> instead of inventing our own custom names such as:
> idempotentRepositoryRef
> - And as a real bonus we don't have to wiki document the special
> options idempotentRepositoryRef. We get all this for free with # so we
> can just document the idempotentRepository option
>
> Any thoughts?
>
>
> /Claus Ibsen
> Apache Camel Committer
> Blog: http://davsclaus.blogspot.com/
>


--
James
-------
http://macstrac.blogspot.com/

Open Source Integration
http://fusesource.com/
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Re: [PROPOSAL] - Camel 2.0 - support # syntax in URI options

Claus Ibsen-2
I have committed it now.
It's the # notation that we can do in Camel 2.0. There might be a few
components that have special options to Ref a bean we can remove and
use the # syntax instead.

Updated wiki at: how do I configure endpoints. Are the other relevant
pages at wiki to add this?


/Claus Ibsen
Apache Camel Committer
Blog: http://davsclaus.blogspot.com/



On Mon, Dec 8, 2008 at 11:56 AM,  <[hidden email]> wrote:

> +1 I like it!
>
>
> On 06/12/2008, Claus Ibsen <[hidden email]> wrote:
>> Hi
>>
>> For background see CAMEL-895 and this thread by James
>> http://www.nabble.com/-2.0--simplifying-annotations%2C-DSL-and-XML-to-remove-uri-%2B-ref--tp20775864s22882p20775864.html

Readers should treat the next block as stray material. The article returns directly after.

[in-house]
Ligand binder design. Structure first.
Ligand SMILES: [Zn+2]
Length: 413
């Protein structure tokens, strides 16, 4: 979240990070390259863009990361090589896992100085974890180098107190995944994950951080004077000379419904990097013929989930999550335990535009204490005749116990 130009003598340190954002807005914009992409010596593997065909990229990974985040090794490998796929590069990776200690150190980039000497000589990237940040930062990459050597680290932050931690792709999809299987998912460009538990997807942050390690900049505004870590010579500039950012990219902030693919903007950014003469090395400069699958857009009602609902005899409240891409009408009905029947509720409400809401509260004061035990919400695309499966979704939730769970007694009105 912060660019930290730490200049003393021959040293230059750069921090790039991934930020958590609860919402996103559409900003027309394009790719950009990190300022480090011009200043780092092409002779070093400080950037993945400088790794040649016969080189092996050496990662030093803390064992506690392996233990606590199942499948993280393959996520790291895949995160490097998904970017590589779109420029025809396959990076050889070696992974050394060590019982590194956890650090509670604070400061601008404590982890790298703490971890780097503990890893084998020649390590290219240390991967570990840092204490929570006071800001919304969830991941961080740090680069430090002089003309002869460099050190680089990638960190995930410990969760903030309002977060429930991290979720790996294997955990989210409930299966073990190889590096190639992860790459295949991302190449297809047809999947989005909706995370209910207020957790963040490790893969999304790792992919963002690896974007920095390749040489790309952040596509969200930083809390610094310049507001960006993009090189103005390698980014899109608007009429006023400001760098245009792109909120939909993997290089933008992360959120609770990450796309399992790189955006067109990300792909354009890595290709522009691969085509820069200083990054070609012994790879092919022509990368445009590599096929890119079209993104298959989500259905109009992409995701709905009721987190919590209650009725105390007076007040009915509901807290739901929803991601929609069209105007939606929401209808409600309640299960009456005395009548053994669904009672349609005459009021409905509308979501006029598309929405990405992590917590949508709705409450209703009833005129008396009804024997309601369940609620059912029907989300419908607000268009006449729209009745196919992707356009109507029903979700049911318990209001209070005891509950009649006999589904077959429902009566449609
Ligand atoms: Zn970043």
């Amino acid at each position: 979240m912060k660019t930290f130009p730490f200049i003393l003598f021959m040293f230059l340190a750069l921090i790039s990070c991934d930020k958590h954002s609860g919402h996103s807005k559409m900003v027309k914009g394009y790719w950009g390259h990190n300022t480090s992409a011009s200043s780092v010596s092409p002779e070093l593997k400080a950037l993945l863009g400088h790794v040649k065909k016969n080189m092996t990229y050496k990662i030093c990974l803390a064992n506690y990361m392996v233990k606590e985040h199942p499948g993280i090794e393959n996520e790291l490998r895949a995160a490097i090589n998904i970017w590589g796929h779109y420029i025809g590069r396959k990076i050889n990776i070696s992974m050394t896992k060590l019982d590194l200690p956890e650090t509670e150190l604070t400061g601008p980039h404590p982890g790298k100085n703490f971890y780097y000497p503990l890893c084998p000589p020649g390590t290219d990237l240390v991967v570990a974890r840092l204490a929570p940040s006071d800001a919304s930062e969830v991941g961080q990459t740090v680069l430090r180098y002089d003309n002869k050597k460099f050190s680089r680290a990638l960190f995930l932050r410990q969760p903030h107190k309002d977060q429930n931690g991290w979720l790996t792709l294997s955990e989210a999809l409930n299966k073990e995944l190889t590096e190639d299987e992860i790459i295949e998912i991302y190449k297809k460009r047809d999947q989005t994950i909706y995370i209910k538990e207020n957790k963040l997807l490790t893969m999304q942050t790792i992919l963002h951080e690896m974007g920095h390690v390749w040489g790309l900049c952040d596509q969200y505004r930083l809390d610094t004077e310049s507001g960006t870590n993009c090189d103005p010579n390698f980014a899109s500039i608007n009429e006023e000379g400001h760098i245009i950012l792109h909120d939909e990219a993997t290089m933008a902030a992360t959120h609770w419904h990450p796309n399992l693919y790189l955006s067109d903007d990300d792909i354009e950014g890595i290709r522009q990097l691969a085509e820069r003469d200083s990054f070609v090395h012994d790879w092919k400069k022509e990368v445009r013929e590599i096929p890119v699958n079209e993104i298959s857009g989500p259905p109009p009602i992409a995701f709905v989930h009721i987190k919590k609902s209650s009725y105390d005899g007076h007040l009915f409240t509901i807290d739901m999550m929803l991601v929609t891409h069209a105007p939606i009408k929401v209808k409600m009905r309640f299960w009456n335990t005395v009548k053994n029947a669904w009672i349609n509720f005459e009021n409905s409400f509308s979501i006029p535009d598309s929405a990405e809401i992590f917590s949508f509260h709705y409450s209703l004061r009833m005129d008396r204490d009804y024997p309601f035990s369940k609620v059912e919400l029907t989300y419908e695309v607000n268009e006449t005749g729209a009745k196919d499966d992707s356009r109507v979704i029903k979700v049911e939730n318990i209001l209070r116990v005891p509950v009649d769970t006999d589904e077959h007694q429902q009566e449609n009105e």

>>
>> Motivation
>> =======
>> Currently the URI configuration of camel endpoints is used a lot. It's
>> fast, precise and intuitive for end-users. And it supports most of
>> their use-cases.
>> The URI options is given as string parameters just like http. Camel
>> will then parse this and type convert and call the correct setter on
>> the concrete xxxEndpoint object.
>> Camel can do the traditional type converts for numeric, boolean,
>> string, enum and what not. However the problem is...
>>
>> The problem
>> =========
>> That we can not set complex objects on endpoint using URI options.
>> Each individual component need to add special code to support this and
>> it's irritating me. Why can't we do it smarter.
>> And if we do it smarter then we get this out-of-the-box so suddenly
>> *all* components support this.
>>
>> The idea
>> ======
>> The idea is to support the # syntax for URI options (I think Apache
>> CXF has this as well).
>>
>> So if you want to set a complex object type on a given endpoint you
>> can refer to a bean in the registry using the # notation. An example: